EPA SmartWay and Clean Truck Standards save U.S. businesses millions


American businesses benefit tremendously from the robust voluntary and regulatory programs of the U.S. Environmental Protection Agency. These programs are now under threat of massive budget cuts and regulatory rollbacks.  In the coming weeks and months, the experts at EDF+Business will examine what a weakened EPA means for business.

It’s safe to say that the EPA isn’t having the best week. Whether it was new administrator Scott Pruitt vowing to slash climate and water protections at CPAC or this week’s reveal that President Trump wants to slash a reported 24 percent of its budget, the EPA has taken a beating recently. However, what may not be as obvious is that slashing EPA’s budget and reducing funding to key programs actually hurts businesses that have greatly benefitted from EPA programs.

A key example of how the EPA bolsters business is freight. In the freight world, the EPA has done a lot for companies’ bottom lines while protecting human health and that of the planet. Companies seeking to

reduce freight costs and achieve sustainability goals across supply chains receive immense value from the EPA.  Two key programs that provide this value are the U.S. EPA SmartWay program and the Heavy-Duty Truck Greenhouse Gas Program.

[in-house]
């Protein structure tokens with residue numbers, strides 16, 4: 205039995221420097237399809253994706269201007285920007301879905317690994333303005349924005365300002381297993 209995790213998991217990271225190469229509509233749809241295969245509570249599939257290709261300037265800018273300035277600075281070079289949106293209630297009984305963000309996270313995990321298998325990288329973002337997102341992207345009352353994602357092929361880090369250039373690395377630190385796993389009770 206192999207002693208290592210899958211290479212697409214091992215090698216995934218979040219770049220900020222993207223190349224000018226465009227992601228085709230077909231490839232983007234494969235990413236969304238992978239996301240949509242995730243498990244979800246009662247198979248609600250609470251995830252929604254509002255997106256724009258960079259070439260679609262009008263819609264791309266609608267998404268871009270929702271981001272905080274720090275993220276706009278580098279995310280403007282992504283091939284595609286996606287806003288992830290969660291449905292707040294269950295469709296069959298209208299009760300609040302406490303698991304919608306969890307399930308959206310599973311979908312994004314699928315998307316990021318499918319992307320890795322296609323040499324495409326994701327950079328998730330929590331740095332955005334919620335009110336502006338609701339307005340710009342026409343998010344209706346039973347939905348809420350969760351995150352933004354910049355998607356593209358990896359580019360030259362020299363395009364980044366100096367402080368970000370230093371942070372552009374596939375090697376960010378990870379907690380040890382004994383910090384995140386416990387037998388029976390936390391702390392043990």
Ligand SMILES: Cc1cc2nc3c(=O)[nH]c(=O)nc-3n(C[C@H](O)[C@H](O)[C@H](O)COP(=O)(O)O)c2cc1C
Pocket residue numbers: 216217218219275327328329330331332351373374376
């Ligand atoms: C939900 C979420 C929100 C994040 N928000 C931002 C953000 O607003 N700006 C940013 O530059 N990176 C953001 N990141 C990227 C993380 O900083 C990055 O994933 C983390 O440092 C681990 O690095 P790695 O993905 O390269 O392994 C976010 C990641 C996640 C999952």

A compelling value proposition for business

SmartWay was created in 2004 as a key part of the Bush Administration’s approach to addressing clean energy and climate change. The program has grown from fifteen companies at its start to nearly 4,000 companies today. The program attracts strong private sector participation because it offers a clear and compelling value proposition: freight shippers gain access to information that enables them todifferentiate between freight carriers on emissions performance.

Jason Mathers, Director, Supply Chain

This saves shippers money and cuts carbon emissions. Freight carriers participate in the program to gain access to large shippers, such as Apple, Colgate-Palmolive and Target.

The EPA SmartWay program is not only a popular program that is delivering billions of dollars of annual savings to the U.S. economy, it is also a core strategy for companies to reduce their freight emissions. The agency has calculated that since 2004, SmartWay partners have saved:

  • 72.8 million metric tons of carbon emissions
  • Over 7 billion gallons of fuel
  • $24.9 billion in fuel costs